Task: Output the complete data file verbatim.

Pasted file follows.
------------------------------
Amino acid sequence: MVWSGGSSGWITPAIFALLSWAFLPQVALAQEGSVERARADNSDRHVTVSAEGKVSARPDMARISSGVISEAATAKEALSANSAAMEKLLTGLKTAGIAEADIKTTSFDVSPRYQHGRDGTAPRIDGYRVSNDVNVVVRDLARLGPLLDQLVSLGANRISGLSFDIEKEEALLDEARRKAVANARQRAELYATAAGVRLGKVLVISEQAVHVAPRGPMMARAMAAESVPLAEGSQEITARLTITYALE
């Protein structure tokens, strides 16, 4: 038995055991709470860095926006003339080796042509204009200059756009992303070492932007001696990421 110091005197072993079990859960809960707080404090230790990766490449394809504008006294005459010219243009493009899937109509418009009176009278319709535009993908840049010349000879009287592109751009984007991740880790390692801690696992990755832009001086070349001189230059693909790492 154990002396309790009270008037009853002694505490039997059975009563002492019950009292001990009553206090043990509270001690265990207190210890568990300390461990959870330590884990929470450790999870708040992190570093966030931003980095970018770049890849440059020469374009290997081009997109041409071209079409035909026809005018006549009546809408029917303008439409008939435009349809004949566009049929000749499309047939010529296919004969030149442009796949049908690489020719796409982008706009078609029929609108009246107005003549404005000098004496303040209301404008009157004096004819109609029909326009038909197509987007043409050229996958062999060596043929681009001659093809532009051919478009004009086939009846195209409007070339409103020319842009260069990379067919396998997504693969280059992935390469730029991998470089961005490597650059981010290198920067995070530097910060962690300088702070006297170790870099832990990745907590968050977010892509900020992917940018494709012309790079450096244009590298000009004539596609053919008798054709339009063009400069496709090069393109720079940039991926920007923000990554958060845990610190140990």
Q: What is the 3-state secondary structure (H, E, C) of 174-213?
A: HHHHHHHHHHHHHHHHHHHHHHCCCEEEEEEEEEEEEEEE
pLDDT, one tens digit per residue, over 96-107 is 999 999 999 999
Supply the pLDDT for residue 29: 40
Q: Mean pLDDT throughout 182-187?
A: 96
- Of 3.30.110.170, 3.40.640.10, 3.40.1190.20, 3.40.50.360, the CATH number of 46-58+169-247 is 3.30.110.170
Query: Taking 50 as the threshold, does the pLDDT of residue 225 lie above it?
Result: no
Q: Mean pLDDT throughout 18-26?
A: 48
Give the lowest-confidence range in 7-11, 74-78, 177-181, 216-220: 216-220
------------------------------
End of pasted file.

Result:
Amino acid sequence: MVWSGGSSGWITPAIFALLSWAFLPQVALAQEGSVERARADNSDRHVTVSAEGKVSARPDMARISSGVISEAATAKEALSANSAAMEKLLTGLKTAGIAEADIKTTSFDVSPRYQHGRDGTAPRIDGYRVSNDVNVVVRDLARLGPLLDQLVSLGANRISGLSFDIEKEEALLDEARRKAVANARQRAELYATAAGVRLGKVLVISEQAVHVAPRGPMMARAMAAESVPLAEGSQEITARLTITYALE
């Protein structure tokens, strides 16, 4: 038995055991709470860095926006003339080796042509204009200059756009992303070492932007001696990421 110091005197072993079990859960809960707080404090230790990766490449394809504008006294005459010219243009493009899937109509418009009176009278319709535009993908840049010349000879009287592109751009984007991740880790390692801690696992990755832009001086070349001189230059693909790492 154990002396309790009270008037009853002694505490039997059975009563002492019950009292001990009553206090043990509270001690265990207190210890568990300390461990959870330590884990929470450790999870708040992190570093966030931003980095970018770049890849440059020469374009290997081009997109041409071209079409035909026809005018006549009546809408029917303008439409008939435009349809004949566009049929000749499309047939010529296919004969030149442009796949049908690489020719796409982008706009078609029929609108009246107005003549404005000098004496303040209301404008009157004096004819109609029909326009038909197509987007043409050229996958062999060596043929681009001659093809532009051919478009004009086939009846195209409007070339409103020319842009260069990379067919396998997504693969280059992935390469730029991998470089961005490597650059981010290198920067995070530097910060962690300088702070006297170790870099832990990745907590968050977010892509900020992917940018494709012309790079450096244009590298000009004539596609053919008798054709339009063009400069496709090069393109720079940039991926920007923000990554958060845990610190140990």
Q: What is the 3-state secondary structure (H, E, C) of 174-213?
A: HHHHHHHHHHHHHHHHHHHHHHCCCEEEEEEEEEEEEEEE
pLDDT, one tens digit per residue, over 96-107 is 999 999 999 999
Supply the pLDDT for residue 29: 40
Q: Mean pLDDT throughout 182-187?
A: 96
- Of 3.30.110.170, 3.40.640.10, 3.40.1190.20, 3.40.50.360, the CATH number of 46-58+169-247 is 3.30.110.170
Query: Taking 50 as the threshold, does the pLDDT of residue 225 lie above it?
Result: no
Q: Mean pLDDT throughout 18-26?
A: 48
Give the lowest-confidence range in 7-11, 74-78, 177-181, 216-220: 216-220